Multi-omic analysis of exercise induced changes to mitochondria

Location
Bio21 Molecular Science and Biotechnology Institute
Primary Supervisor Email Number Webpage
Prof David Stroud david.stroud@unimelb.edu.au

Summary The Stroud lab uses advanced systems biology techniques to understand the assembly and function of multi-subunit complexes and how their dysfunction underpins a number of important human diseases. We employ a range of mass-spectrometry techniques, including shotgun proteomics, affinity enrichment and BioID proximity studies, metabolic labelling and multi-omics approaches and combine them with patient derived cell lines, CRISPR/Cas9 gene editing, and classical biochemistry. Our research is aimed at both understanding the primary biology underpinning human disease, as well as developing systems biology tools to improve patient diagnostic outcomes.

Project Details

Mitochondria, better known as the ‘powerhouse of the cell’, are responsible for oxidative phosphorylation, providing the necessary energy the body needs to function. In addition to generating the bulk of cellular ATP, mitochondria direct a vast array of biological functions essential for cellular homeostasis. A long-standing question in biology concerns the biogenesis and regulation of mitochondria in response to stress and the metabolic needs of the cellular environment. Exercise represents a major challenge to both these pathways while also being arguably one of the most ‘natural’ perturbations available. While it is already known that high-intensity exercise alters the transcriptomic regulation of genes within the mitochondria differently compared with low-intensity exercise, there is far less literature on the proteomic, metabolomic and lipidomic changes.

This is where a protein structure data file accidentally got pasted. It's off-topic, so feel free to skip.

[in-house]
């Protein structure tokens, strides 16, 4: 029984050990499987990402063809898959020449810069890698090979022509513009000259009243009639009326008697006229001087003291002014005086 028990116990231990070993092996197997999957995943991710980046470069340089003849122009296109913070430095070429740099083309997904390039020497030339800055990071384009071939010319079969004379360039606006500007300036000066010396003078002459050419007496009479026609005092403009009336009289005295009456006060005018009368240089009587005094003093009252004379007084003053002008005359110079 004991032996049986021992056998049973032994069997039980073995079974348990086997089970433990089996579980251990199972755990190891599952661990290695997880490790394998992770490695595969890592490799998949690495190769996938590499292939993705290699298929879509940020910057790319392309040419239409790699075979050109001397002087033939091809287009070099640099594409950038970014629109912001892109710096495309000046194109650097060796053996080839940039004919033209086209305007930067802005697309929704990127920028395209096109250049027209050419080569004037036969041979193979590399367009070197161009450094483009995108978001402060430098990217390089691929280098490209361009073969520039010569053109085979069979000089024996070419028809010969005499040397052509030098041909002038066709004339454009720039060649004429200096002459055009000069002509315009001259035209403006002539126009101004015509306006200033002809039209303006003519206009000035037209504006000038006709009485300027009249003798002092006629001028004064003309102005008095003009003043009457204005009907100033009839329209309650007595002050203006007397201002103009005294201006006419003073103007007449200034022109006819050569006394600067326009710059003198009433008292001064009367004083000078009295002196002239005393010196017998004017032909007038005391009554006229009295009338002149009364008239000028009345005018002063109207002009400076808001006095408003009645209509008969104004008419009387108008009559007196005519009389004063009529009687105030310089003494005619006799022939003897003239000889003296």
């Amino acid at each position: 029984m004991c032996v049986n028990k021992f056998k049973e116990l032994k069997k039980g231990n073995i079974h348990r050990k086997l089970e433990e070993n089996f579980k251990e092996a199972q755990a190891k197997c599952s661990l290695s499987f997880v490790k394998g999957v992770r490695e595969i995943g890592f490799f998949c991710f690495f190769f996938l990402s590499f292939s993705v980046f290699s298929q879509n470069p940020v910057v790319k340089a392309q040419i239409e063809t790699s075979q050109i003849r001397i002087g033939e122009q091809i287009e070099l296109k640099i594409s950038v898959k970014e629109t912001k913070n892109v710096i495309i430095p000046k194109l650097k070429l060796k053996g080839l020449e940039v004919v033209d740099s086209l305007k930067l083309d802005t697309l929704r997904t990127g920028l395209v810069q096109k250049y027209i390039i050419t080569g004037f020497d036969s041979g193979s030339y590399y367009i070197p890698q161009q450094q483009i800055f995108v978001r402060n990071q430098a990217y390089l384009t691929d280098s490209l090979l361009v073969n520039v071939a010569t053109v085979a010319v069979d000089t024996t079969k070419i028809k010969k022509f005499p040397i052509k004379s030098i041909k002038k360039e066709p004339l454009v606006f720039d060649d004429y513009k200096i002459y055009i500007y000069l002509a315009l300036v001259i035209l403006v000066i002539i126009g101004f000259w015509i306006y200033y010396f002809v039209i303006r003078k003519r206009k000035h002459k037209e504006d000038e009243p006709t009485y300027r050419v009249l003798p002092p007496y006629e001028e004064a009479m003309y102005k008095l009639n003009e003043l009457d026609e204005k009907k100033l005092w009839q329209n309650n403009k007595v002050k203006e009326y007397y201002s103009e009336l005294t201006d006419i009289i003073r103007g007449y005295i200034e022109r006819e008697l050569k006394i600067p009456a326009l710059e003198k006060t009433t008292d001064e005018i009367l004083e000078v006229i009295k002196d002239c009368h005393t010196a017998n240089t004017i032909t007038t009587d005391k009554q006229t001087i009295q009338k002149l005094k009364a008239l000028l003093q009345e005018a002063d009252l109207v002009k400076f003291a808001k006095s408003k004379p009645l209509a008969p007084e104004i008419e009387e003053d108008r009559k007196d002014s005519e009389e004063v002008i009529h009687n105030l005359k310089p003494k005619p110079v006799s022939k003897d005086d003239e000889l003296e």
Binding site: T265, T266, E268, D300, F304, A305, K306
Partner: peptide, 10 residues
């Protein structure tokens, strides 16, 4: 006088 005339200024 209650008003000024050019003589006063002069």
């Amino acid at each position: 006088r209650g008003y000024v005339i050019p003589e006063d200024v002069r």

In collaboration with our partners at the Institute of Sport, Exercise and Active Living (ISEAL) we have performed longitudinal multi-omics analyses of skeletal muscle from individuals subjected to increased volumes of exercise. In this ‘dry-lab’ informatics-only project, you will develop new methodologies to analyse this multi-omics dataset and identify the pathways and systems induced or repressed following exercise. You will also be involved in development of an interactive website allowing users to explore the data. As a pre-requisite for this project you will have some experience in programming languages (R, Python or similar) and/or web development frameworks (e.g Django, Flask). As an outcome of this project you will become proficient in the use of bioinformatic packages (e.g Limma, edgeR, mixOmics) as well as interpretation and visualisation of systems biology data.


School Research Themes

Cell Signalling



Key Contact

For further information about this research, please contact a supervisor.

Research Node

Bio21 Molecular Science and Biotechnology Institute

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